1982 volume 14(11) pages 1509 – 1522

Cite as:
O'Connor T, Parker A J, 1982, "Variations in the retail price of chemists' goods: testing spatial and structural hypotheses and the 'sample of one'" Environment and Planning A 14(11) 1509 – 1522

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Variations in the retail price of chemists' goods: testing spatial and structural hypotheses and the 'sample of one'

T O'Connor, A J Parker

Received 2 October 1981, in revised form 30 December 1981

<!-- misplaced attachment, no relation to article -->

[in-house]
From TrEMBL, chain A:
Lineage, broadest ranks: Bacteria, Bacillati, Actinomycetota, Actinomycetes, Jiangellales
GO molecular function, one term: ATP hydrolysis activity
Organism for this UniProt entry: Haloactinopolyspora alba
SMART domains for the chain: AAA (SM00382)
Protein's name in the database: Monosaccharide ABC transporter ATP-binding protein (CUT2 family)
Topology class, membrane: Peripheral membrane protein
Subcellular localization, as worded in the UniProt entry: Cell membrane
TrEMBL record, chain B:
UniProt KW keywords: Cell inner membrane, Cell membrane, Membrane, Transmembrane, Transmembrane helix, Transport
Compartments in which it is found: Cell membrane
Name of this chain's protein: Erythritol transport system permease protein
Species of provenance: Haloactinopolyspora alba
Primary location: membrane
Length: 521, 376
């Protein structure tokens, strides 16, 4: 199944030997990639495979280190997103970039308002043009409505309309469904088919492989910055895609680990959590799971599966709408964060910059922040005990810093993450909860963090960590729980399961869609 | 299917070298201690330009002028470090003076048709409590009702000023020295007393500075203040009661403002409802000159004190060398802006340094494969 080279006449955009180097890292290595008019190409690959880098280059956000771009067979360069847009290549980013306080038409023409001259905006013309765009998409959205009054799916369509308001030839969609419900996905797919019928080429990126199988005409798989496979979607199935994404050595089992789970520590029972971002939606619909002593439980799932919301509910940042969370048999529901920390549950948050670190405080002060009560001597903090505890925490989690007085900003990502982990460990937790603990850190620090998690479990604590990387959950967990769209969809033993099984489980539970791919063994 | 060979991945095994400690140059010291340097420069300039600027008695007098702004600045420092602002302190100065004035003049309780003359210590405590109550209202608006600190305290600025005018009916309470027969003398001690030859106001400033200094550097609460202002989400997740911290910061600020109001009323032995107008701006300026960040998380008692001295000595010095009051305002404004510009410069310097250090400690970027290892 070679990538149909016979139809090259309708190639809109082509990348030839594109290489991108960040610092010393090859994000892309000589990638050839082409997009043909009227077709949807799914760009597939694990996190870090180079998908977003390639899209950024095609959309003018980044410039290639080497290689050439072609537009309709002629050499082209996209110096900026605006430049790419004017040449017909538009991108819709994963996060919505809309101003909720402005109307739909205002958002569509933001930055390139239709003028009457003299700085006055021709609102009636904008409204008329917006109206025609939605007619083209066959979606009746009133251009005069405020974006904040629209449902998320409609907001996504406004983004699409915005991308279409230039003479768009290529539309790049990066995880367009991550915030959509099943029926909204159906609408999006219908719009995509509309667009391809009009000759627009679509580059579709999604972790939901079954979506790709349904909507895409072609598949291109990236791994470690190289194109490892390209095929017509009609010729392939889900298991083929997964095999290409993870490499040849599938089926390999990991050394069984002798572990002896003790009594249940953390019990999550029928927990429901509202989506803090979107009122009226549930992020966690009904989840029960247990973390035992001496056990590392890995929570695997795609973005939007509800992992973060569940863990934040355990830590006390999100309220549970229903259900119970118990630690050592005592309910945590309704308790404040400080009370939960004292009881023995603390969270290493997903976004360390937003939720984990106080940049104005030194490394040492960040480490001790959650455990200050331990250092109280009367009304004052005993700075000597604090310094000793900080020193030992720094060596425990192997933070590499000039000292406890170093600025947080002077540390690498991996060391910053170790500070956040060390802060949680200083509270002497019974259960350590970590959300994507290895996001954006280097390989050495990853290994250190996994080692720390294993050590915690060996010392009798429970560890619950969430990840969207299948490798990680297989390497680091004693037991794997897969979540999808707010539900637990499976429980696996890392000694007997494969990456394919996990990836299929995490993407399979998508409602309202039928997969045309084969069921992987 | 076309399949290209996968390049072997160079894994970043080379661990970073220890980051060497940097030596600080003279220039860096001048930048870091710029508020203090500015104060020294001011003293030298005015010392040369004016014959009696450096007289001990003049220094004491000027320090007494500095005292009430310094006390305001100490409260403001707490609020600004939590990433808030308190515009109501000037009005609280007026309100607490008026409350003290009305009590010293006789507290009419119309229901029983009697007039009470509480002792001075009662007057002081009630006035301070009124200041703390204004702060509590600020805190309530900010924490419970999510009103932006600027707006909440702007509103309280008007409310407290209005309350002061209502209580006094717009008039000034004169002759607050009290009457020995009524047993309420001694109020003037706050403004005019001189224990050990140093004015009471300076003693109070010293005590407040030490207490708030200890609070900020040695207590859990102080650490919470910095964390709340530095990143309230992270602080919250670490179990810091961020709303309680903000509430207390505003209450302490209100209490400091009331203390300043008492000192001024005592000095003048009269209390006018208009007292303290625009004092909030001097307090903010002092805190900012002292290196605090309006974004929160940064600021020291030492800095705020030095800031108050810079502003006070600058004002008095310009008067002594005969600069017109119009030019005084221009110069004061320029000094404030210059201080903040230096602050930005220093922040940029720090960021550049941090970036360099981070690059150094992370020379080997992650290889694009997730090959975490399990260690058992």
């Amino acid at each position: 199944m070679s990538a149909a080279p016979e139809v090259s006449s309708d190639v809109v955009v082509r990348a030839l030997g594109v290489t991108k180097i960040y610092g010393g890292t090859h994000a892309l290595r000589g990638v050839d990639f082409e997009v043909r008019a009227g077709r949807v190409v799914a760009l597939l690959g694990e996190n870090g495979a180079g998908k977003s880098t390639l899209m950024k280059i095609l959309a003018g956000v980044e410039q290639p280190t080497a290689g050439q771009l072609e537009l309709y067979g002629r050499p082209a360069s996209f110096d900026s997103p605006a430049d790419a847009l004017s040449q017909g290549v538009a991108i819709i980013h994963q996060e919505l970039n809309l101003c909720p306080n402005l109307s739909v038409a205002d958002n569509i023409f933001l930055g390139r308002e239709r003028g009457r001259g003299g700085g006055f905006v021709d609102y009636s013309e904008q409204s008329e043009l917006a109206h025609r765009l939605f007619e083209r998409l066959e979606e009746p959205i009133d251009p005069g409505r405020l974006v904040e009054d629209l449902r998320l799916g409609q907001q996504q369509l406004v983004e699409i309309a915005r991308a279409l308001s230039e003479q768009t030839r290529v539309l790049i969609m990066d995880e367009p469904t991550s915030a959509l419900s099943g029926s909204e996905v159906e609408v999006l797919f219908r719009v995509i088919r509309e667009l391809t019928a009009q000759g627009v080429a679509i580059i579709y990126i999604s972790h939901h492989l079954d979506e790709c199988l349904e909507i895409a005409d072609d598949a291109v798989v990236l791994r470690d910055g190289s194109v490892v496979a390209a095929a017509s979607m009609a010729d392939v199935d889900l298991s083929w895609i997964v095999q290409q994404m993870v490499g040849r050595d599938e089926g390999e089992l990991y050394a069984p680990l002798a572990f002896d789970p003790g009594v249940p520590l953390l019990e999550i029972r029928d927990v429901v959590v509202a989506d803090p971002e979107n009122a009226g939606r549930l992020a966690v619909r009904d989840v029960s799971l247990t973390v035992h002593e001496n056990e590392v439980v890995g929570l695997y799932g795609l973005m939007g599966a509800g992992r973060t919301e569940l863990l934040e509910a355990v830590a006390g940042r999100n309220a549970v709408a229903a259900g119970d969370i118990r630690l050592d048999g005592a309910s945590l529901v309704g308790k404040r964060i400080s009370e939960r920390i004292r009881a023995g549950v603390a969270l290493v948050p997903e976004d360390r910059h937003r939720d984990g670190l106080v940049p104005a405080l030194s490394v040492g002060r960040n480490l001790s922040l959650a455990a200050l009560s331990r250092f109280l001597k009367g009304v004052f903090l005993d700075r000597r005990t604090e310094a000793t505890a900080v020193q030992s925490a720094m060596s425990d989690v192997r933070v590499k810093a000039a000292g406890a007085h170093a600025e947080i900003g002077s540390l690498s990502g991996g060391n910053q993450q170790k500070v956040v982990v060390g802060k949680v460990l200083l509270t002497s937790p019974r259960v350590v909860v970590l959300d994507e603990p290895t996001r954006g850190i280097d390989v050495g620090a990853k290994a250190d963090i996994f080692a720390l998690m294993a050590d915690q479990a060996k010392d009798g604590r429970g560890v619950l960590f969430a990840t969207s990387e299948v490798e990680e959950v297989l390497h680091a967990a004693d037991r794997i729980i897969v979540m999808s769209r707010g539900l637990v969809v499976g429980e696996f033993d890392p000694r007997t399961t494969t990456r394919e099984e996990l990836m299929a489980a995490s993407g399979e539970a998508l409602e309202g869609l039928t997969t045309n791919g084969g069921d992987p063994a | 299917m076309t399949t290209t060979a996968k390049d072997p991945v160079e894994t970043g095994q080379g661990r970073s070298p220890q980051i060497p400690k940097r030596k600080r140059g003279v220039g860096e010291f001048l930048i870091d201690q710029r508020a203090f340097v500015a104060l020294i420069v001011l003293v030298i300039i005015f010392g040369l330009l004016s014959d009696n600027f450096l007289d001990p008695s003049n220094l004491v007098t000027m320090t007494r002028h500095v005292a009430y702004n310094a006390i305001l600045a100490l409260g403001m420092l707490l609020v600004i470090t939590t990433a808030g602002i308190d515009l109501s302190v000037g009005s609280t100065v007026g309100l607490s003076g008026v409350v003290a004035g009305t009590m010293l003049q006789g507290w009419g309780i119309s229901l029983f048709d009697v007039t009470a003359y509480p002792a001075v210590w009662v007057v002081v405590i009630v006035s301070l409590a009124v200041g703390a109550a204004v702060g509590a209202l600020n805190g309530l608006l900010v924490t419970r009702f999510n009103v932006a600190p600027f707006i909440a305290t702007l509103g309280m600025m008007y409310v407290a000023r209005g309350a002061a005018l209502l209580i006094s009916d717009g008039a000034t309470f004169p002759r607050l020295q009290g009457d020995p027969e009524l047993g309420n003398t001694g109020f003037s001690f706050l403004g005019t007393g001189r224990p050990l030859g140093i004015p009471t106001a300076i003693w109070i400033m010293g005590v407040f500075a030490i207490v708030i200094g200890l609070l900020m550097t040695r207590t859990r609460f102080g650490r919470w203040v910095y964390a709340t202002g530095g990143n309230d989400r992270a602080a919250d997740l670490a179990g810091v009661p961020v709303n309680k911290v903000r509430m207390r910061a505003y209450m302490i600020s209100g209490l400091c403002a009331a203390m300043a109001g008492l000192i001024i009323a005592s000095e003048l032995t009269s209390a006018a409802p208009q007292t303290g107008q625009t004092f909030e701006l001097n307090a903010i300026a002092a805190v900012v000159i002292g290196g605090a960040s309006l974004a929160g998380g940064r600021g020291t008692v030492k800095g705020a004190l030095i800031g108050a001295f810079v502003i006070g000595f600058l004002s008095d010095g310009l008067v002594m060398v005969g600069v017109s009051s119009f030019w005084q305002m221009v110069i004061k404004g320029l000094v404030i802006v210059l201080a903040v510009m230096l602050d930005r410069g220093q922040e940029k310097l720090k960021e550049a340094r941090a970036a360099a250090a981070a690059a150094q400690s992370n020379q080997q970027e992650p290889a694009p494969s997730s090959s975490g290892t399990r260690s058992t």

Abstract. Spatial variations in the price of chemists' goods in Dublin are examined for a number of different baskets of products and for two time periods, so as to tackle the problem of the 'sample of one'. A number of hypotheses including measures of store size, proximity of competition, and the type of residential area in which the shop is located are examined by means of bivariate and multiple correlation in relation to price variations, and in general the results are consistent for different baskets at a single time period: shops which are expensive for one combination of products tend to be expensive for most product combinations. However, there is little consistency of results between the two time periods, and this must create problems for price-motivated consumers: an inexpensive shop at one time period may not necessarily be inexpensive at a subsequent time period even for the same products. Even so, there is some temporal consistency in that the size of shop generally has a direct relationship with variations in prices, smaller shops being the more expensive.

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